The pronounced differences in distribution of Lp(a) levels observed across different racial ethnic populations will be discussed in a future presentation.10
You said that Lp(a) is an inherited dyslipidemia. Are there gender or age differences in Lp(a) levels? Also, are there any dietary or lifestyle measures that can reduce Lp(a) in affected individuals?
Lp(a) levels, in general, are fairly consistent over a person’s lifetime.9
The Lp(a) gene is fully expressed by 1 to 2 years of age. Lp(a) expression reaches adult levels by 5 years of age.9 This means that in individuals with high Lp(a) level, its atherogenic and inflammatory actions start at a very young age. In general, no significant differences have been observed between men and women, even though Lp(a) levels tend to increase in postmenopausal women with decrease of hormones.11
Regarding your question about the potential dietary or lifestyle intervention to lower Lp(a), the answer, unfortunately, is no.6,10
You talked about risk, but, precisely, what is known about how Lp(a) levels actually impact vessel wall biology?
We know that Lp(a) has multiple pathologic actions in and on the vessel wall. Its unique proatherosclerotic, proinflammatory, prothrombotic properties are also due in part to the apoB and the oxidized phospholipid components of Lp(a).6
We also know that elevated Lp(a)s are associated with carotid plaque progression and are an independent predictor of atherosclerotic burden, even after adjustment for all the other lipids.8,12
As seen in this graph from a recent study of patients with elevated Lp(a) who were receiving intensive lipid-lowering therapy, carotid artery atherosclerosis progressed despite LDL levels being maintained at less than 70 mg/dL in all study participants.12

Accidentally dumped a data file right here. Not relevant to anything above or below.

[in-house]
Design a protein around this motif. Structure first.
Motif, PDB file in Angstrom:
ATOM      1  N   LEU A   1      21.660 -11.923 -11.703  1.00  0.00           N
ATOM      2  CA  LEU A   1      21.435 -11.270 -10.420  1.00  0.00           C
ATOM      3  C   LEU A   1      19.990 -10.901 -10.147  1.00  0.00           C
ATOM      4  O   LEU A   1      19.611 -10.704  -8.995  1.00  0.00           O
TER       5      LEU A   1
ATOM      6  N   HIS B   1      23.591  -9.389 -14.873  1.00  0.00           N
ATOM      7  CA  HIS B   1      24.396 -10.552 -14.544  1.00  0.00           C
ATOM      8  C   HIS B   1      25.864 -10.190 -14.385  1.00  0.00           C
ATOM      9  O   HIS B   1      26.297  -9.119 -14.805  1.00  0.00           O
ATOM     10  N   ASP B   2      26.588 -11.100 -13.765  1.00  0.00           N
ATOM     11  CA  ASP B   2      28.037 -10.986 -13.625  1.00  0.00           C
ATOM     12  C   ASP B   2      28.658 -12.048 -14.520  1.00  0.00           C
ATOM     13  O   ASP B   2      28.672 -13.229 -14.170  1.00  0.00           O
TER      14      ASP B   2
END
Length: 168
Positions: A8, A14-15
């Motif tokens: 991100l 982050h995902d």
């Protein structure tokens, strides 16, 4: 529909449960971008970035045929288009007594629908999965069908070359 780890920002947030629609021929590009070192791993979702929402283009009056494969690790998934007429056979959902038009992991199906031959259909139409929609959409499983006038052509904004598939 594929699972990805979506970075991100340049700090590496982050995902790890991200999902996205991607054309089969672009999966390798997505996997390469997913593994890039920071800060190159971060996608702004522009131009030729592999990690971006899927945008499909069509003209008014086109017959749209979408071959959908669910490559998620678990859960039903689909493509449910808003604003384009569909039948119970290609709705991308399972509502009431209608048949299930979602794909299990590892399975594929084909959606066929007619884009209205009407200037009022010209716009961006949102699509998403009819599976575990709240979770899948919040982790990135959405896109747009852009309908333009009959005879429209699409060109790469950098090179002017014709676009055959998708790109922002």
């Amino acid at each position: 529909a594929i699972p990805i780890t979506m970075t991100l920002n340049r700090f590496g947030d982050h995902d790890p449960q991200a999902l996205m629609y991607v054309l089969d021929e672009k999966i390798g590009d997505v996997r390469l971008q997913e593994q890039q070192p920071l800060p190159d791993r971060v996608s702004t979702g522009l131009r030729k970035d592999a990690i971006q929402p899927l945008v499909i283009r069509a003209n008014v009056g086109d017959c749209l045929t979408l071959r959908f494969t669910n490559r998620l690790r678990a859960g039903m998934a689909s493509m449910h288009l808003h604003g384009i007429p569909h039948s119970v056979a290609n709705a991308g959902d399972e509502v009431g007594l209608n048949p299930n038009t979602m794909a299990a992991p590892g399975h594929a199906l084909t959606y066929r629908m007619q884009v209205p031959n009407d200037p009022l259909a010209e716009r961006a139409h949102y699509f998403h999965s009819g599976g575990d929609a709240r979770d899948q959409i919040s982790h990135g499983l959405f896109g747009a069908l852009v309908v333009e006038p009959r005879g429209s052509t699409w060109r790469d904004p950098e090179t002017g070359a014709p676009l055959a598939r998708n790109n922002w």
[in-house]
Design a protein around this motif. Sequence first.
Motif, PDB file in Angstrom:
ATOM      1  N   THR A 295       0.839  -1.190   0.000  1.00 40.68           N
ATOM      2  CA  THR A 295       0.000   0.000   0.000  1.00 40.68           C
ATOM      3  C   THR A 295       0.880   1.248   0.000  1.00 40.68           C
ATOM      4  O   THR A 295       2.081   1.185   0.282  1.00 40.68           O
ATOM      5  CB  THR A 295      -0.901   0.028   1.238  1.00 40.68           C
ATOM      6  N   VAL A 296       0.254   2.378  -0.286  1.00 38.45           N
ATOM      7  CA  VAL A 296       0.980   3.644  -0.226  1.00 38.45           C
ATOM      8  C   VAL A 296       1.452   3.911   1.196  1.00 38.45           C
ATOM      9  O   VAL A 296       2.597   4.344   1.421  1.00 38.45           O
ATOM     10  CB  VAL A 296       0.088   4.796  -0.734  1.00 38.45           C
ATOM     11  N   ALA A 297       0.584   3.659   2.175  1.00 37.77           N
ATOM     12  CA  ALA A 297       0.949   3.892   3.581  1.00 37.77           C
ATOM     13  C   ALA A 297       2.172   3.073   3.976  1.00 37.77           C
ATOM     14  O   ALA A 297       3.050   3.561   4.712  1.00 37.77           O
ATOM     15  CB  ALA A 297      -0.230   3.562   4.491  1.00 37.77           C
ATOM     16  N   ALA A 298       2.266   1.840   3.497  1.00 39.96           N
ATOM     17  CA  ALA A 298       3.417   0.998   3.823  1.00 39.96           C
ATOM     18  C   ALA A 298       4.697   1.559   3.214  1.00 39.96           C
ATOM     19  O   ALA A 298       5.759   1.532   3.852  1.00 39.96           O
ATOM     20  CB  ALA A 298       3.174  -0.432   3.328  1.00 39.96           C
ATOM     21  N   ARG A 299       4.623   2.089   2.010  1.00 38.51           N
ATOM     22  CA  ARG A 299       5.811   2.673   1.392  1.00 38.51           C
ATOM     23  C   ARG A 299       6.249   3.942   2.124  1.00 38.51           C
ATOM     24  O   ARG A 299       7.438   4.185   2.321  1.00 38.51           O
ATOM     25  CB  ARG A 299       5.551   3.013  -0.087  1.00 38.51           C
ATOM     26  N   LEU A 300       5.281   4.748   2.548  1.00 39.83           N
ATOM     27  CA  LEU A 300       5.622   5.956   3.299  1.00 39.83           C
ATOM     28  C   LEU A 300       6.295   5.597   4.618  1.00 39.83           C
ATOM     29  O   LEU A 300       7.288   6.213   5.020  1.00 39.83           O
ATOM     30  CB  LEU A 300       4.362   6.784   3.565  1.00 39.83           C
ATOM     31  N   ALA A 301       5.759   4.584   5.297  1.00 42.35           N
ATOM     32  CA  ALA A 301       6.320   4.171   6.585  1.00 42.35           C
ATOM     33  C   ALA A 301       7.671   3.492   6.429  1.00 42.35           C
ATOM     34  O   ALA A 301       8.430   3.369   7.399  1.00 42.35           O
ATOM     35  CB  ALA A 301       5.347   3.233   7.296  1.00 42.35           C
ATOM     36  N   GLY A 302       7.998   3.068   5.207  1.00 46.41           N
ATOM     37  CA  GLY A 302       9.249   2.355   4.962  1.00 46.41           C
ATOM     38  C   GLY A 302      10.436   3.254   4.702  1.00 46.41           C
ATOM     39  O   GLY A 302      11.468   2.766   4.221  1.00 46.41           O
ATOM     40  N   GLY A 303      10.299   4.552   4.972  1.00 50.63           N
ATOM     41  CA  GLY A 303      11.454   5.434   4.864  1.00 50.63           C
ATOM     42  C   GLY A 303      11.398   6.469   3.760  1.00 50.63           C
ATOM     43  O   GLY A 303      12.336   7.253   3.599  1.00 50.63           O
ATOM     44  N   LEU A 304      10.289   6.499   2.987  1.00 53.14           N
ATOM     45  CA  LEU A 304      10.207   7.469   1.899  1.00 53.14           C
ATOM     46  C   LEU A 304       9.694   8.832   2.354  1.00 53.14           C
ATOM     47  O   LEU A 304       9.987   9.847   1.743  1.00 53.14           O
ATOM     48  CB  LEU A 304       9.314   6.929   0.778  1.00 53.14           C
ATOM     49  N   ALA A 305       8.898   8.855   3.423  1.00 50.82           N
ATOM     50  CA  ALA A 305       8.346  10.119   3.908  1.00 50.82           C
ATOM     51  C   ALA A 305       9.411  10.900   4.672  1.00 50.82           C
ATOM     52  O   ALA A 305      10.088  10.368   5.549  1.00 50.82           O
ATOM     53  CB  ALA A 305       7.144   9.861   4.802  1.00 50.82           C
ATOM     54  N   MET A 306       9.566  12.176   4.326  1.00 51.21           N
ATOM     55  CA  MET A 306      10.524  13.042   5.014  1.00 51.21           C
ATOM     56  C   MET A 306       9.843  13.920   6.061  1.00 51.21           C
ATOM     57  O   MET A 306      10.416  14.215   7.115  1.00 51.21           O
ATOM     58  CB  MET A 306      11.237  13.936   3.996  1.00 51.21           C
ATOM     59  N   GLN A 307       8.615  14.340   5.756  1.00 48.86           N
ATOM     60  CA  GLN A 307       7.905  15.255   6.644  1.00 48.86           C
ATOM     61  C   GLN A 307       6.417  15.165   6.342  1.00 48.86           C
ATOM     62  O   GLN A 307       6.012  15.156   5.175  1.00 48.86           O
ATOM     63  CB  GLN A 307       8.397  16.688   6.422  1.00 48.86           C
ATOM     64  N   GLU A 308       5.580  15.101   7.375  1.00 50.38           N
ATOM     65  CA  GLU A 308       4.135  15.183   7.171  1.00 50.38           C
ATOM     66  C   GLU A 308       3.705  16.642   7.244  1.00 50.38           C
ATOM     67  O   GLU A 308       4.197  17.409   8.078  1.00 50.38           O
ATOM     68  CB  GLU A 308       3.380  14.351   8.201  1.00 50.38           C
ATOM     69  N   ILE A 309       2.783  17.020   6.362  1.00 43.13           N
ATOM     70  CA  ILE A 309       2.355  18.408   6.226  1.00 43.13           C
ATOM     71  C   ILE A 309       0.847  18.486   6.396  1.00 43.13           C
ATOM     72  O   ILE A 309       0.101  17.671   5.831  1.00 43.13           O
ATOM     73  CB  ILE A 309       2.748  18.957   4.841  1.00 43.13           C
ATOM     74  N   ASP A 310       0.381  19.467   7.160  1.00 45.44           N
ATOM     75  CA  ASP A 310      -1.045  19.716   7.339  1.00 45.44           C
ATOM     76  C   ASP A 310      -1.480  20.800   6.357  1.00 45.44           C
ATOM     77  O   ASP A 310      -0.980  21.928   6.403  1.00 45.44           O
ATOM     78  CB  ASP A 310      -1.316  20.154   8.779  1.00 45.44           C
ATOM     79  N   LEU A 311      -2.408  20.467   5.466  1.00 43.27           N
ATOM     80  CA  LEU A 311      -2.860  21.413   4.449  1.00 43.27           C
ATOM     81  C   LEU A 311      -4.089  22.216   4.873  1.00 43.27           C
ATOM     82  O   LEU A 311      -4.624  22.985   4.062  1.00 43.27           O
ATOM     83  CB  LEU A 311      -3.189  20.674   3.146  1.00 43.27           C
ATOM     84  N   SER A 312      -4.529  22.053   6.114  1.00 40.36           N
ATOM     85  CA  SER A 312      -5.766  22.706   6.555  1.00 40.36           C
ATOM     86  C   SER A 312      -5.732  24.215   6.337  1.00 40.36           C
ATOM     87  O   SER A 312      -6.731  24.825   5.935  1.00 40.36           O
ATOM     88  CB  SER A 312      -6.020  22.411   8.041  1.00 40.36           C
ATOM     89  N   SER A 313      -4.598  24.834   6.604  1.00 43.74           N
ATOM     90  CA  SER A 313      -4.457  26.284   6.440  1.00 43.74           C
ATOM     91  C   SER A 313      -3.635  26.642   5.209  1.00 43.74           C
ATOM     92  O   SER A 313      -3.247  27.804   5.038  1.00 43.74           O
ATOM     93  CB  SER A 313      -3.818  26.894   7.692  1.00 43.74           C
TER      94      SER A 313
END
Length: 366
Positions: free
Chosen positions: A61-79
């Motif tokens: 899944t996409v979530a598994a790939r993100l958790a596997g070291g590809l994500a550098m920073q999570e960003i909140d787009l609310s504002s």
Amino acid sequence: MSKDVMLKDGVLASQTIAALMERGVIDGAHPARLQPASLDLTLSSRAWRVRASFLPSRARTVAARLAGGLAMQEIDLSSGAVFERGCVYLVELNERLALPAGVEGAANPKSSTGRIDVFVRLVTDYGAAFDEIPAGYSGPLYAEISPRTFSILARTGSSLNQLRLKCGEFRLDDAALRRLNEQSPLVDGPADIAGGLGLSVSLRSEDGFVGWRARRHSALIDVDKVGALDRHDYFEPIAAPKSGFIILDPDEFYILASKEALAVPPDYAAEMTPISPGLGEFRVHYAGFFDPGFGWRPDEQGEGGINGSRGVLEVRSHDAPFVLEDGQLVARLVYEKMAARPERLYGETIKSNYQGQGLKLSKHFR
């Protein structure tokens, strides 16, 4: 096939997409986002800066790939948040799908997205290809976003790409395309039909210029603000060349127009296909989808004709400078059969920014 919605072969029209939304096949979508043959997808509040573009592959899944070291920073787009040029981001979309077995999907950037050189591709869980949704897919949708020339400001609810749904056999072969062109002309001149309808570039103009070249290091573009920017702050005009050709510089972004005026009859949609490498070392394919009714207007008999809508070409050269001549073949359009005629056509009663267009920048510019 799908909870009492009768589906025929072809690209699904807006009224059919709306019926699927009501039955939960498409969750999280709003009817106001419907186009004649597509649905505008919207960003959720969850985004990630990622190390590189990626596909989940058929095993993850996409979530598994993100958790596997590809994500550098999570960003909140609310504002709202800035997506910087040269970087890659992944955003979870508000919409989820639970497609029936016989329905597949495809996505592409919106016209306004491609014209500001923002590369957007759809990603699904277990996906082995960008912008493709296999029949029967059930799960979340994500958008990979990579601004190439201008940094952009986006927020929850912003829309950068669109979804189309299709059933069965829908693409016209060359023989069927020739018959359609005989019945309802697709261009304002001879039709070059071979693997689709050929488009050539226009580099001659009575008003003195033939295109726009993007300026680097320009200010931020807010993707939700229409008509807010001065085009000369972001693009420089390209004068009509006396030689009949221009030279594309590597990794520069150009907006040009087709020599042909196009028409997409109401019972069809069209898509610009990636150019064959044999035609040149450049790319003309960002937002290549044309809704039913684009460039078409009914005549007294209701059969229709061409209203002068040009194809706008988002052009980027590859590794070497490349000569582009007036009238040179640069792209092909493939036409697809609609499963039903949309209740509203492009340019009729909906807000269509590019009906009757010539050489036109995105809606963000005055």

You are quite persuasive that an elevated Lp(a) is associated with multiple cardiovascular risks, but how would I know if I have an elevated Lp(a)?
That’s easy; plasma concentration of Lp(a) can be measured in most laboratories by using automated instruments, even though there are important methodological issues that need to be taken into consideration, and this topic will be discussed in more details in the future presentation.13
At the present, it is recommended that Lp(a) be measured, preferably early in life, as part of the initial lipid screening to assess the cardiovascular risk.14 Lp(a) levels being fairly stable, the majority of individuals will only need to be tested once.
Dr Marcovina, thank you for your insights and information about Lp(a), and I look forward to continuing discussing this fascinating topic with you.
Thank you. I would be delighted to be there.
This program was brought to you by Novartis Pharmaceuticals Corporation. If you missed any part of this discussion, visit ReachMD.com/industryfeature. This is ReachMD. Be Part of the Knowledge.
- Pichler G, Amigo N, Tellez-Plaza M, et al. Int J Cardiol. 2018;264:172-178.
- Ference BA, Graham I, Tokgozoglu L, Catapano AL. J Am Coll Cardiol. 2018;72(10):1141-1156.
- Kiechl S, Willeit J. J Am Coll Cardiol. 2010;55(19):2168-2170.
- Cegla J, France M, Marcovina SM, Neely RDG. Ann Clin Biochem. 2021;58(1):16-21.
- Berman AN, Biery DW, Ginder C et al. Clin Cardiol. 2020;43(11):1209-1215.
- Tsimikas S. J Am Coll Cardiol. 2017;69(6):692-711.
- Patel AP, Wang M, Pirruccello JP, et al. Arterioscler Thromb Vasc Biol. 2021;41(1):465-474.
- Gurdasani D, Sjouke B, Tsimikas S, et al. Arterioscler Thromb Vasc Biol. 2012;32(12):3058-3065.
- Wilson DP, Jacobson TA, Jones PH, et al. J Clin Lipidol. 2019;13(3):374-392.
- Shah NP, Pajidipati NJ, McGarrah RW, et al. Am J Cardiol. 2020;126:94-102.
- Kronenberg F, Utermann G. J Intern Med. 2013;273(1):6-30.
- Hippe DS, Phan BAP, Sun J, et al. Arterioscler Thromb Vasc Biol. 2018;38(3):673-678.
- Marcovina SM, Albers JJ. J Lipid Res. 2016;57(4):526-537.
- Engler RJM, Brede E, Villines T, Vernalis MN. Fed Pract. 2019;36(suppl 7):S19-S31.